Why 'Waitress' is So Important to Theater...And Feminism

With music and lyrics written by singer/songwriter Sara Bareilles, a book by Jessie Nelson, choreography by Lorin Latarro, and directed by Diana Paulus, Waitress is the first Broadway musical to be helmed by an all-female creative team, and with good reason. Waitress’s plot is centered around the stories and lives of three average women, all working in a diner to make ends meet, and to live out their lives in their small town. One of the waitresses’ lives is less typical however—Jenna is trapped in an abusive relationship and is expecting her abuser’s baby.

Jenna feels trapped in her life and in her relationship with her husband, and has all but given up hope of ever escaping her situation. She’s not sure if she can love her baby or herself. Jenna’s friends, fellow waitresses Becky and Dawn, still believe in their friend’s inner strength, and in addition to pursuing their own happy endings, help motivate Jenna to pursue her own as well. Eventually all three women, with the support and love of the others, reaches their personal goals and prospers—Jenna leaves her husband and learns to love herself and her child, Becky finds some passion in her normally dull life, and Dawn learns to accept herself for who she is, and finds love in the process.

In a show where women’s stories, women’s evolutions, and women’s lives are at the very center of its plot, it’s only natural that a woman would direct, write, and publicize these works. Then, why are so few women’s works present on Broadway, and why are so few women given the ability to present their own stories to the world? Waitress is the first Broadway show with an all-female creative team, yet many shows revolve around female characters, female lives, and female experience. Female team members are rarely allowed to take part in the presentation of their own stories. Of course, the most qualified and able person available should be given the task of directing or putting on a show, but it seems hard to imagine that up until the production of Waitress no women in the field of theater production were capable of working together to create a women-centric story.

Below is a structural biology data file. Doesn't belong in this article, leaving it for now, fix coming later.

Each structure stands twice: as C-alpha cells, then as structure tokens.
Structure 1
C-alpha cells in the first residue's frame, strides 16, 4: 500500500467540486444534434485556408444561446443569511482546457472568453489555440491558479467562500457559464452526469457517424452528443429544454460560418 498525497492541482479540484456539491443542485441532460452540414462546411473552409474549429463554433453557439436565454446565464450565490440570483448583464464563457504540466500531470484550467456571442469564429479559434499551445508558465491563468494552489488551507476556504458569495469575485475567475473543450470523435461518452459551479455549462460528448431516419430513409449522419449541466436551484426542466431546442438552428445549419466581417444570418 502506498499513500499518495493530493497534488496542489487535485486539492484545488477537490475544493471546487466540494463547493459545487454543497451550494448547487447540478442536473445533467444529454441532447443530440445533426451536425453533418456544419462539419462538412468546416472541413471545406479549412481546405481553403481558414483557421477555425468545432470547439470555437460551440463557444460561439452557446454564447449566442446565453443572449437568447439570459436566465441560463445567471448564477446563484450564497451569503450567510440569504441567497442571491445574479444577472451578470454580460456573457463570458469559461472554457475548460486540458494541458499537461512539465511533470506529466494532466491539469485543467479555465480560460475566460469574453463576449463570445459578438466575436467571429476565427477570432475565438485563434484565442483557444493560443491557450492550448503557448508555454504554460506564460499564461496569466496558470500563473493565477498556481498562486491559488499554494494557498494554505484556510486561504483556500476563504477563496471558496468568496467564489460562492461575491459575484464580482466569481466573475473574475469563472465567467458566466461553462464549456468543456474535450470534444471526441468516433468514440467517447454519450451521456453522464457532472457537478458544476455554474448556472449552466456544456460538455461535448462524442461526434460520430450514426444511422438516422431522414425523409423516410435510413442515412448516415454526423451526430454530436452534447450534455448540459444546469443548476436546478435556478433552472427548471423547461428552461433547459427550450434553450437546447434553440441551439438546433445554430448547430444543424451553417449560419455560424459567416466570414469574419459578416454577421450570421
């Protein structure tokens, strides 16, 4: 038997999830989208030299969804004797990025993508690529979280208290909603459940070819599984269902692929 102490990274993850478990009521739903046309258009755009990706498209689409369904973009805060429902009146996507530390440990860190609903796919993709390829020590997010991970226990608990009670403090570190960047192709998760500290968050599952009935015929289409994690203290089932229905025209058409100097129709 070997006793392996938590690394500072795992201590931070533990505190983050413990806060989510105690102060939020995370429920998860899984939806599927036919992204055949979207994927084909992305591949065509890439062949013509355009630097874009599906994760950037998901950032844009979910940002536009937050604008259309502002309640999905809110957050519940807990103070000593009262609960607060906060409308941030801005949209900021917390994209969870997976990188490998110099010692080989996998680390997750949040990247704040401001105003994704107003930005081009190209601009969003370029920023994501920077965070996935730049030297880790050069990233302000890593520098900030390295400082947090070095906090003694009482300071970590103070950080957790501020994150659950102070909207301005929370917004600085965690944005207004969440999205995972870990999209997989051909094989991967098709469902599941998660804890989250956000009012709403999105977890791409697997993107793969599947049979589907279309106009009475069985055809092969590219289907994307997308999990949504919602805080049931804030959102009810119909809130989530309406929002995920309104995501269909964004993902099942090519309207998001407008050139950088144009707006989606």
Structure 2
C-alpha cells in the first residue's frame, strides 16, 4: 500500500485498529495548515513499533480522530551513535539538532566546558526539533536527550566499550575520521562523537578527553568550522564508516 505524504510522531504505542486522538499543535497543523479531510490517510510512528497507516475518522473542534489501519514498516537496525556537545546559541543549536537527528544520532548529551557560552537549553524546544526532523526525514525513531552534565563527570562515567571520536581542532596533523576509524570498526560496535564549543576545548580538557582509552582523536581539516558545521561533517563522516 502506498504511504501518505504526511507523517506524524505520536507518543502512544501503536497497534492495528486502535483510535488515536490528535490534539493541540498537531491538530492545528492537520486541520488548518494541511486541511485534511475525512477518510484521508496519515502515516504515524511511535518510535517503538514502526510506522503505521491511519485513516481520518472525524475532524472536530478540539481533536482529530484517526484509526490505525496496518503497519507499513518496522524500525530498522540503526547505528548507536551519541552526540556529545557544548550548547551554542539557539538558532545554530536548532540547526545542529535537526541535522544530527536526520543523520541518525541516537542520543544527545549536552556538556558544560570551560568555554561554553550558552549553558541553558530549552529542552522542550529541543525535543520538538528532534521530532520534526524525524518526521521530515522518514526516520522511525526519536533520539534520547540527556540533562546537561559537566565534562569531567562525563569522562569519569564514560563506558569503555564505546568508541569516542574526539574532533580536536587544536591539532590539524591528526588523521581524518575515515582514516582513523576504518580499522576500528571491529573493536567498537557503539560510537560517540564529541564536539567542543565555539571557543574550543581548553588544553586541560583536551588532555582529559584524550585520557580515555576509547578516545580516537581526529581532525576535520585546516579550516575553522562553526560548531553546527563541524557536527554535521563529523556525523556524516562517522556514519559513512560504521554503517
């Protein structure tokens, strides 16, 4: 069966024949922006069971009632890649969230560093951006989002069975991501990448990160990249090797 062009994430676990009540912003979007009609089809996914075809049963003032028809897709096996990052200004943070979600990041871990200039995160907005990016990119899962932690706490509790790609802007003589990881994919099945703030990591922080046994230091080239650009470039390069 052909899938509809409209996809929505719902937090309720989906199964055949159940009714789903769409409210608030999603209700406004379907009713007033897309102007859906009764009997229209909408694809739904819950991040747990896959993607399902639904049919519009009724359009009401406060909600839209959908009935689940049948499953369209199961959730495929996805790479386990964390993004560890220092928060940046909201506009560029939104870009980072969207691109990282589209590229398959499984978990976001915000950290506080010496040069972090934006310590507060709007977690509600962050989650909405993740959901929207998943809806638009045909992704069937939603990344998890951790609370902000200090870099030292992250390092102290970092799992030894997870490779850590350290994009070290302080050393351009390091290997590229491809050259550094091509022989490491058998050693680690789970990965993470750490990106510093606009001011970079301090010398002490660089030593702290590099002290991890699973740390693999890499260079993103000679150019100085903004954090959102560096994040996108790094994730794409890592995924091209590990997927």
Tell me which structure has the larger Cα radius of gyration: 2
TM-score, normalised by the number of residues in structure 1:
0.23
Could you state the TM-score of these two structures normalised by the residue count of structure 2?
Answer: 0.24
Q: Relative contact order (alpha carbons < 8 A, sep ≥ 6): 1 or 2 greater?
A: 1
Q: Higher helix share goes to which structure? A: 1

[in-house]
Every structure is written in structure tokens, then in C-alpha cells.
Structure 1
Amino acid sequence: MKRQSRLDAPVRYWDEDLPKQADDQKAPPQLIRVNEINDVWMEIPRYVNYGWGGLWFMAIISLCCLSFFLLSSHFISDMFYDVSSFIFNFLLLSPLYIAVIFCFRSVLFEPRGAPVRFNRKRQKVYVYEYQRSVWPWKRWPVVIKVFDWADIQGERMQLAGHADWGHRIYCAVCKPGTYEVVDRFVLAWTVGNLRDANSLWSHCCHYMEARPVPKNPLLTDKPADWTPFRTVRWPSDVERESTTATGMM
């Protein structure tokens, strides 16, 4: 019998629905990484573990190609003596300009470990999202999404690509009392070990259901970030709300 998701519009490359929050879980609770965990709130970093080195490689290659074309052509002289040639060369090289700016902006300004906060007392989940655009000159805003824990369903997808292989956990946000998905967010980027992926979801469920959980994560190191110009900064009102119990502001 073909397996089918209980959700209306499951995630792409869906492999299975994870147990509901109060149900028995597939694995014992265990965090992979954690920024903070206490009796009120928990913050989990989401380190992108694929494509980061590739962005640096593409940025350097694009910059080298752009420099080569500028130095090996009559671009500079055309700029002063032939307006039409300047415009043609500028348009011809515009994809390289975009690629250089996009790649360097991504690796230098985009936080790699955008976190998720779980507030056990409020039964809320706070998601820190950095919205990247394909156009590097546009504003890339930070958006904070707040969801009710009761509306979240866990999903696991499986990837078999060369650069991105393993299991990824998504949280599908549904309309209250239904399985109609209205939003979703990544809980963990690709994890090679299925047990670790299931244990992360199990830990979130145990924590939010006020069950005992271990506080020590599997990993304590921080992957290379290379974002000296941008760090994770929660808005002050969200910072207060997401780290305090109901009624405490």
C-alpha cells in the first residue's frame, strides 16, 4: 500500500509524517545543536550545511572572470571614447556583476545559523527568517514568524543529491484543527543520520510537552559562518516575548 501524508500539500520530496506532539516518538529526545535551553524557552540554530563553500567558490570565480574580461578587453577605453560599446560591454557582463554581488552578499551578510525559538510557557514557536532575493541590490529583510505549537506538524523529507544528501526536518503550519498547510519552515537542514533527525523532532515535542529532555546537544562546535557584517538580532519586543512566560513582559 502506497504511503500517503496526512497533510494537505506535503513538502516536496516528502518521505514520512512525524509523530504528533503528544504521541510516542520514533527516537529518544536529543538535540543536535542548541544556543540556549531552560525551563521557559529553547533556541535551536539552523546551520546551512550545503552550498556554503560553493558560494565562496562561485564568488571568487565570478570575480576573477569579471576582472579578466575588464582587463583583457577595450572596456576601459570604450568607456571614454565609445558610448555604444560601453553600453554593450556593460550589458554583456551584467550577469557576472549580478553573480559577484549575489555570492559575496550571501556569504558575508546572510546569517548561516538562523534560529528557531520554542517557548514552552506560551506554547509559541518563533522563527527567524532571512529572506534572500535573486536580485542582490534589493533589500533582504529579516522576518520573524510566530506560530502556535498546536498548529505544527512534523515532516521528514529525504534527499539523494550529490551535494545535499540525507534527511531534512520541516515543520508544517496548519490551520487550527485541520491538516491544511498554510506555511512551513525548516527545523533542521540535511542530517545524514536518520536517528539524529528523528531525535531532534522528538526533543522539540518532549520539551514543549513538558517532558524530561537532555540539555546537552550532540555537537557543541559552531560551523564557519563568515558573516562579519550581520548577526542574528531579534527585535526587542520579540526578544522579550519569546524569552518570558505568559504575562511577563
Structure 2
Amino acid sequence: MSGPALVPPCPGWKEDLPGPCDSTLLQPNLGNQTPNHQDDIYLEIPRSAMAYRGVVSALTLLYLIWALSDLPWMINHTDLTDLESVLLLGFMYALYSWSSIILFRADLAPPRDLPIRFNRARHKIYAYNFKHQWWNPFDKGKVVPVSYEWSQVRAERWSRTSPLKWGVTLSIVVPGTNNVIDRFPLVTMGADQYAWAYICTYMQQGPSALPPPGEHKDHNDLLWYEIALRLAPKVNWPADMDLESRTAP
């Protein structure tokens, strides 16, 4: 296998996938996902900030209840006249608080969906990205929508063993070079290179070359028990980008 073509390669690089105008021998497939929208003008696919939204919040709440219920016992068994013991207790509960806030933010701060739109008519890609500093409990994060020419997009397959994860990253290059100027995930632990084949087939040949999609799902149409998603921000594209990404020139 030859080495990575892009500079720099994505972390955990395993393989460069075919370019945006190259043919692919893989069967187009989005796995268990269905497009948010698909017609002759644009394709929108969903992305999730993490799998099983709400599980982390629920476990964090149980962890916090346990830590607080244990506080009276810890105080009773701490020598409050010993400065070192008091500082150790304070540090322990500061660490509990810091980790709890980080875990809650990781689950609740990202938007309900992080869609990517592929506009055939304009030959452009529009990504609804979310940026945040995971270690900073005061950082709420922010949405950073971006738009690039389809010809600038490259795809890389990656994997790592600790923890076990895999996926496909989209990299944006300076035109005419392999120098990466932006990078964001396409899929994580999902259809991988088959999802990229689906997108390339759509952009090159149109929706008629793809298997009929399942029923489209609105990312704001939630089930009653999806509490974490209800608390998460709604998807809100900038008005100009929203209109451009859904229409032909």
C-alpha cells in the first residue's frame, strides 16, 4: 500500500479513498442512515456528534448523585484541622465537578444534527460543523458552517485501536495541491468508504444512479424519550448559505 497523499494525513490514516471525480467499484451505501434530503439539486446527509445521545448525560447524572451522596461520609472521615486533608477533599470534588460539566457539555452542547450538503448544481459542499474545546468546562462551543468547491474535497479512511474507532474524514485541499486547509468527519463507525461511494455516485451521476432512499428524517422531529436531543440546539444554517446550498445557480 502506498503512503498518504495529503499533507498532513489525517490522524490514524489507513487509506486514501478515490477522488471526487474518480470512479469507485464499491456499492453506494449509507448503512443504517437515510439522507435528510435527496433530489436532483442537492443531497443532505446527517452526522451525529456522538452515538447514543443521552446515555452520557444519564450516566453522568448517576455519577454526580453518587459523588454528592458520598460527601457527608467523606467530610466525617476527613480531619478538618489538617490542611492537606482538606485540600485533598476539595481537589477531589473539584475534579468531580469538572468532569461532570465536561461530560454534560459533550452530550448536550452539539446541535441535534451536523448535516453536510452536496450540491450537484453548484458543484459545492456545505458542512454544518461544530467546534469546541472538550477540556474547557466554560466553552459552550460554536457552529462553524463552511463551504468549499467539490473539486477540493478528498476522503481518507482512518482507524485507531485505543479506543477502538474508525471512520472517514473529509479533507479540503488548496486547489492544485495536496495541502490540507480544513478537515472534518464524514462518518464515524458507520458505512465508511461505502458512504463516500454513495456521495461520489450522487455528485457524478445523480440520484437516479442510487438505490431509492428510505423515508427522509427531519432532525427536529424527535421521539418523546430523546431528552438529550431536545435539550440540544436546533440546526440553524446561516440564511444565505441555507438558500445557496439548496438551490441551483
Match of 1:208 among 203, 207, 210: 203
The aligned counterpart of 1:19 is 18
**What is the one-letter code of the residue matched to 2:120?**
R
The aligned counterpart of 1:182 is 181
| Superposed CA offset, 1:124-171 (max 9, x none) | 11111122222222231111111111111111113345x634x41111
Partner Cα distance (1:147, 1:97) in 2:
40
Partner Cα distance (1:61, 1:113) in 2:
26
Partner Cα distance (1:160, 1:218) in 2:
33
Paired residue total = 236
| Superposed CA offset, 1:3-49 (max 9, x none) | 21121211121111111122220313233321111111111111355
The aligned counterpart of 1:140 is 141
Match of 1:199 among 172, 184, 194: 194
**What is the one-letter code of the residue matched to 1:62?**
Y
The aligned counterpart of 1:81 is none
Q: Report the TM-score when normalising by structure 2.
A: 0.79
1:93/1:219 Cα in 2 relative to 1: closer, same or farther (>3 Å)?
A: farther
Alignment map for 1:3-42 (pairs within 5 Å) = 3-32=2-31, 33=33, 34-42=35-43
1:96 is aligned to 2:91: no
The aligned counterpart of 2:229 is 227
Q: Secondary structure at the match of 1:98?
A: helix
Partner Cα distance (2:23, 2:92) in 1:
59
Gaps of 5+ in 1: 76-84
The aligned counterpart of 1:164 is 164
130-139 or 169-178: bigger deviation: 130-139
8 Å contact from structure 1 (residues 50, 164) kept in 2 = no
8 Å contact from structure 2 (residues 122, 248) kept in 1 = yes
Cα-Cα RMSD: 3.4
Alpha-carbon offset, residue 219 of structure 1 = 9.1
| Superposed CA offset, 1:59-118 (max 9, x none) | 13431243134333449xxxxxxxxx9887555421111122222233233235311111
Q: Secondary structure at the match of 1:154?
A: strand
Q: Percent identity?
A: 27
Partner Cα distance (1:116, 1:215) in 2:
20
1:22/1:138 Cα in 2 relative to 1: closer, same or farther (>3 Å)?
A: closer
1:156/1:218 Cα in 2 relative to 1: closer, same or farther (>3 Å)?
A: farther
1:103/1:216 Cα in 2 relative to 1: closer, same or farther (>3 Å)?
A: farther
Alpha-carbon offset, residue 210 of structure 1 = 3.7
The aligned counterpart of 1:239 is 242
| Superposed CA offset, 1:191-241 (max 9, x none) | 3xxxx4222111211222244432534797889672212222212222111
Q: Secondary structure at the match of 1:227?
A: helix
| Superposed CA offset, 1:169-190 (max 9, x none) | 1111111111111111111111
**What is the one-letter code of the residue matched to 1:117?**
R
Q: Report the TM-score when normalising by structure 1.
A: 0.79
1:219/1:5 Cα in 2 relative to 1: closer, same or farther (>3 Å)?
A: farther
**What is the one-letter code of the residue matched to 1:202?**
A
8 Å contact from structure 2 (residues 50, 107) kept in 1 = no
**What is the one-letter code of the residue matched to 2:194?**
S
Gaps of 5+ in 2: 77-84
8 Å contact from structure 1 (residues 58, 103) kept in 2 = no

Now that Waitress has been produced, and successfully produced, by an all-female creative team, perhaps something will change. In order for women to be able to take part in the theater world, women need to have role models—women writing shows, women directing shows, women running shows—to believe that it is possible to do so. Waitress, and all of the shows to come, that are produced by an all-female team show young girls that their dreams can come true, and that their artistic contributions to the world of theater are not only desired, but also needed.

Hopefully some day soon Waitress’s accomplishment will no longer be newsworthy. Women will be allowed and encouraged to tell their own stories, and, through their art and their work, to share parts of themselves with the world.

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